Protection file

Harte Gold enters creditor protection

Australian Silver Lake Resources positions itself to acquire White River mining operation

Besieged White River gold miner Harte Gold enters creditors’ protection as an Australian mining company moves to take over the ailing company.

Toronto-based Harte Gold said in a Dec. 7 press release it will file an application with the Ontario Superior Court of Justice for an initial order under the Companies’ Creditors Arrangement Act. (LACC), while Perth-based Silver Lake Resources is working to acquire the Sugar Zone gold mine north of White River.

The sugar zone, an expanding underground operation, entered commercial production in 2019. The mine is located on an 81,000 hectare property, located on a mineral-rich greenstone belt.

A numbered subsidiary of Silver Lake Resources has entered into an agreement with Harte Gold to lend up to $ 10.8 million to finance mining operations in connection with the CCAA proceeding.

Harte was in danger of running out of money at the end of the year, which would have resulted in all operations being shut down.

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If the court approves the financing, it will provide Harte Gold with the liquidity necessary to continue operations at Sugar Zone until a transaction closes. The press release does not specify when this could take place.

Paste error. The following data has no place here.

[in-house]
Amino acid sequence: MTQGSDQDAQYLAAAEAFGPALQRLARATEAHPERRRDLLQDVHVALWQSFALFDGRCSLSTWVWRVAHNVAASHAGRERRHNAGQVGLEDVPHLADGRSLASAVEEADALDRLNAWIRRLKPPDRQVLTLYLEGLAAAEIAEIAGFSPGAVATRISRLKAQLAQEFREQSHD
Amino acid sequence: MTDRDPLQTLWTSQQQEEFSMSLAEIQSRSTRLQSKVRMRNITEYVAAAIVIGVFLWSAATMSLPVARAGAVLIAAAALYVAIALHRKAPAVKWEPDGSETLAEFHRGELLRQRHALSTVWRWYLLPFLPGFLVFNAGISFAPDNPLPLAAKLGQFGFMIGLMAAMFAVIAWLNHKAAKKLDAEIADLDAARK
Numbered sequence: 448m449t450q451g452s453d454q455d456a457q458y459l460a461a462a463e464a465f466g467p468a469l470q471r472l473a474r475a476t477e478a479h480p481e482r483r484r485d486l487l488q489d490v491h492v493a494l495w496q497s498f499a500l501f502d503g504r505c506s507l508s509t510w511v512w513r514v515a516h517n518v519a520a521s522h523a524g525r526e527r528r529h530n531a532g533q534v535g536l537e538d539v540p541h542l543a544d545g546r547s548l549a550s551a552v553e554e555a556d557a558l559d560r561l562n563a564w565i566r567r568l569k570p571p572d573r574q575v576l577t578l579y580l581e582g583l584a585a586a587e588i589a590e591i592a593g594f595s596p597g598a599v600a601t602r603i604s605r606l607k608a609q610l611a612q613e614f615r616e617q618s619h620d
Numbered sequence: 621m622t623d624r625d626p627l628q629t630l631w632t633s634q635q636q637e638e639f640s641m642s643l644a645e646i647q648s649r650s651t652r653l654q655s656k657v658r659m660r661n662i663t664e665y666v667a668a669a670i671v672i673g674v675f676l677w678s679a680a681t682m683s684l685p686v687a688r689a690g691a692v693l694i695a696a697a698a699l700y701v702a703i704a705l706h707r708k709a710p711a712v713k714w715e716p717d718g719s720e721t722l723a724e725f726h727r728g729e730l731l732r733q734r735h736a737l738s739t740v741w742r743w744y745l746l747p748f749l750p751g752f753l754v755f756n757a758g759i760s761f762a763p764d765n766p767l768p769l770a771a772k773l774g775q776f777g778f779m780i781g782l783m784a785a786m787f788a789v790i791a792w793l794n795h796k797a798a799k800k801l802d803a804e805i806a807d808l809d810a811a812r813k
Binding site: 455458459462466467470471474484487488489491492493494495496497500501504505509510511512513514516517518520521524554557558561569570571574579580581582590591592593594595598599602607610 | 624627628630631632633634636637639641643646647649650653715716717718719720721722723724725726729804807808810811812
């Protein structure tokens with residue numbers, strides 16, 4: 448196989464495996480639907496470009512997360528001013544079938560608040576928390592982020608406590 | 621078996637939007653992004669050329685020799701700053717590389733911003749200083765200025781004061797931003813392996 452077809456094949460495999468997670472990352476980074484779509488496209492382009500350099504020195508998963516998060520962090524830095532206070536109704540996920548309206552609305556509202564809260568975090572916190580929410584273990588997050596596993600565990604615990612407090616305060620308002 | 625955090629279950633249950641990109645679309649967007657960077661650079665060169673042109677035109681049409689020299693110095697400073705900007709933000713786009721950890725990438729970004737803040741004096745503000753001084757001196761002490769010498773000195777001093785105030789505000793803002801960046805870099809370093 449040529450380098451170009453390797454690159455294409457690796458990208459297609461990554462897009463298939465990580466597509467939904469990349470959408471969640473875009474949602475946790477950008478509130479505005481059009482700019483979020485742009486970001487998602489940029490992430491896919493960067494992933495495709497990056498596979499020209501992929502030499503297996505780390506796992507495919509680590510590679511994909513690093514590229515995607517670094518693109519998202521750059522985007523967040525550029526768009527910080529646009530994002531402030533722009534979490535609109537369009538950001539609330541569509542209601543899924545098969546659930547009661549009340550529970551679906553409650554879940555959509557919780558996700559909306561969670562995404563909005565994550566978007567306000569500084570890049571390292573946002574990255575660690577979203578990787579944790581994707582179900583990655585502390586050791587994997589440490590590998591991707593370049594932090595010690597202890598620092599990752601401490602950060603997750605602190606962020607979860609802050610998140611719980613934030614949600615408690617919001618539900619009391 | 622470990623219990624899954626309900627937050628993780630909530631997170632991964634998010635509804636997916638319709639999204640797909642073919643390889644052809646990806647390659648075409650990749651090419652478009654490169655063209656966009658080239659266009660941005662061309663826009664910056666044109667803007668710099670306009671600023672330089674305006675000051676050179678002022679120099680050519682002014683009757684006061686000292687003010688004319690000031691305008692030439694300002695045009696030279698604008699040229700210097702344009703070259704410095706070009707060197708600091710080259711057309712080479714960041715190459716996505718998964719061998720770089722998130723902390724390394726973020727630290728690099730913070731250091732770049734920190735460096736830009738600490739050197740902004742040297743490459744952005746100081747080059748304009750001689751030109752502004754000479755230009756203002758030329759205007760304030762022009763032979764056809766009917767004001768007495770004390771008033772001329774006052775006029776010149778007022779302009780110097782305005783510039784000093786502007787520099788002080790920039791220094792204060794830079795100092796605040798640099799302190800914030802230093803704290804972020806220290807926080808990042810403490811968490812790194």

Harte calls the demonstration funding “Silver Lake’s strong support to the Sugar Zone mine and the restructuring process.”

Silver Lake is a company listed on the Australian Securities Exchange and operates a series of gold and copper mines in Western Australia. This would be the company’s first potential foray into Canada.

The company emerged last month when it acquired US $ 63.2 million in credit facilities from BNP Paribas, Harte’s largest creditor.

Harte said if the court were to grant the CCAA request, it would trigger the start of a court-overseen solicitation-sale and investment process.

Silver Lake’s loan agreement with Harte is categorized as a “pursuit horse” method of offering, allowing other interested parties to “submit superior bids and allowing Harte to” determine the highest transaction and the highest deal. best available to the company and its stakeholders ”.

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In the statement, Harte called this turn of events a “culmination” of the strategic review process he launched last May. After considering all of the alternatives, Harte’s board of directors concluded that it was in the best interests of the company and its stakeholders to join the CCAA.

Trading in the common shares of Harte Gold on the Toronto Stock Exchange is expected to cease. The company said it expects its common shares to be delisted in due course.